Westhampton Beach grads get words of advice
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Westhampton Beach Superintendent Michael Radday offered the graduating Class of 2012 four pieces of advice.
Be the architect of your future and make each day your masterpiece.
Work hard and persevere.
Take time to stop and smell the roses.
And lastly, carpe diem.
“Make your lives extraordinary,” Radday said. “You have left your mark both individually and as a collective.”
On Sunday, Westhampton Beach High School graduated 226 students. Of those graduates, 66 earned an average grade point average of 90 or greater and 14 earned an average GPA of 95 or greater. The students were awarded more than $150,000 in scholarship money.
Community activist and former school board member Clint Greenbaum, whose daughter Augusta was salutatorian, urged graduates to appreciate the role their parents have played in their success. He told the graduates to remember that unexpected things happen in the “circle of life.”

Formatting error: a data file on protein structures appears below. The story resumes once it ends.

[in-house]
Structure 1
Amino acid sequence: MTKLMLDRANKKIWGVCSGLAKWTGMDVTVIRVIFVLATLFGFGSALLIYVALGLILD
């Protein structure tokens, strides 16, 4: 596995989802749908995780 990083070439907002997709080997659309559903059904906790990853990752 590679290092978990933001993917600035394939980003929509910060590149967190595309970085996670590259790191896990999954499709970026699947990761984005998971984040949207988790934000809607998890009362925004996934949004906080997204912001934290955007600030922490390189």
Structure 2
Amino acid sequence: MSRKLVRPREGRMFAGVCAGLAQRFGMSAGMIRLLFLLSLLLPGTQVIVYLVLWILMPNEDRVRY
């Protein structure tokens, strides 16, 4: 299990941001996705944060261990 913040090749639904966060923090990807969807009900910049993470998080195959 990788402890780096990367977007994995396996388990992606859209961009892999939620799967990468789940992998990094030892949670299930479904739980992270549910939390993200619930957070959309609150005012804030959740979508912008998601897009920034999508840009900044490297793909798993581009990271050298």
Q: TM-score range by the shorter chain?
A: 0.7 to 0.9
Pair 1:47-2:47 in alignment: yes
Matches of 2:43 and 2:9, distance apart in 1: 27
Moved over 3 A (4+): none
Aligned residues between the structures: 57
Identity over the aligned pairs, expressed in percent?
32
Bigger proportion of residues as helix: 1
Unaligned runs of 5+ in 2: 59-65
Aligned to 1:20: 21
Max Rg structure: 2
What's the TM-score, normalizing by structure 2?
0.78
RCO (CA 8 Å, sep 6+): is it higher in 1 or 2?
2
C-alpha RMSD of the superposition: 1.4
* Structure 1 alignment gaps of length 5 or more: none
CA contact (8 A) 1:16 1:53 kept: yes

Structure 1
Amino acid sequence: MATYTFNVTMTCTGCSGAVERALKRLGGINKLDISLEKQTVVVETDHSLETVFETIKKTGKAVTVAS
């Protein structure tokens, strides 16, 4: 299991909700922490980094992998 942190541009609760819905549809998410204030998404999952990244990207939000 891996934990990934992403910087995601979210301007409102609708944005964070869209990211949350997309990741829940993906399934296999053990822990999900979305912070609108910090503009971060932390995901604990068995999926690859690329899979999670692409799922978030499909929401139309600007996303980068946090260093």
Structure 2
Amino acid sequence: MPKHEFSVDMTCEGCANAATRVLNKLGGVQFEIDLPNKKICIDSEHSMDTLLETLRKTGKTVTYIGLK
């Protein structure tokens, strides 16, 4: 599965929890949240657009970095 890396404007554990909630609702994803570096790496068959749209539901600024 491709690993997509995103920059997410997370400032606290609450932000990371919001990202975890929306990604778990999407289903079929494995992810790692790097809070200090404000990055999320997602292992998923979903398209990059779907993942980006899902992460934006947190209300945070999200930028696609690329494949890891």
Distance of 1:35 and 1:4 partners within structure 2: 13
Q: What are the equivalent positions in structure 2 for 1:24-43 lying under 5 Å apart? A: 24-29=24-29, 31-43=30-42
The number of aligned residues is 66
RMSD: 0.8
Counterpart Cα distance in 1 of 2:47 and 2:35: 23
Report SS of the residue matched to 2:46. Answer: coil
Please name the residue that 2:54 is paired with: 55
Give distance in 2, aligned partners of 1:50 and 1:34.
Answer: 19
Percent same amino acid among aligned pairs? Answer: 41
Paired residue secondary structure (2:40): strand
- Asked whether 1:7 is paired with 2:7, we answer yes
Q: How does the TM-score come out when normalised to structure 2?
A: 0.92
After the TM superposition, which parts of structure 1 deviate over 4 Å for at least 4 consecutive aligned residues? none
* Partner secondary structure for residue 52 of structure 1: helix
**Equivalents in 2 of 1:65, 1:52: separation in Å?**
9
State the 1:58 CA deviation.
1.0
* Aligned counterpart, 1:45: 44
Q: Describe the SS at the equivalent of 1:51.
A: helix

“Whatever you do, wherever you go, don’t take advantage of your parents,” Greenbaum said.
Graduates have “no excuse not to talk to their parents everyday,” he added, getting a chuckle from the crowd.
Christi Dawydiak, 18, who will be attending Massachusetts Institute of Technology in the fall, read a poem that used the ocean and memories of summer to reflect on her four years at Westhampton Beach High School.
“Let these years linger like salt and sunscreen on a perpetual summer day,” she said.
Class historian Lexa Smith, who will be attending Boston College, highlighted some of the Class of 2012’s most memorable moments, from winning “Most Spirited” class at homecoming as freshmen to camping out on the football field before their last day of school this June.
“We’ve grown together and contributed to each others’ lives,” she said. “We’ll always have each other — the Class of 2012.”
Salutatorian Augusta Greenbaum, 17, told her fellow graduates not to be afraid to take risks, but to also be careful not to misinterpret the generational catch phrase “YOLO,” meaning “You Only Live Once.”
“It can draw teens into procrastination and Internet distraction,” she said. “But why would you want to take the easy way and live a mundane life? Why not live a life you’re proud of?”
Valedictorian Gabrielle Shea, who will be attending Wake Forest University on a full scholarship, urged graduates to use the study of history to help solve the problems of today.
“Do whatever you love to do, but do it in a way that benefits as many people as possible,” she said.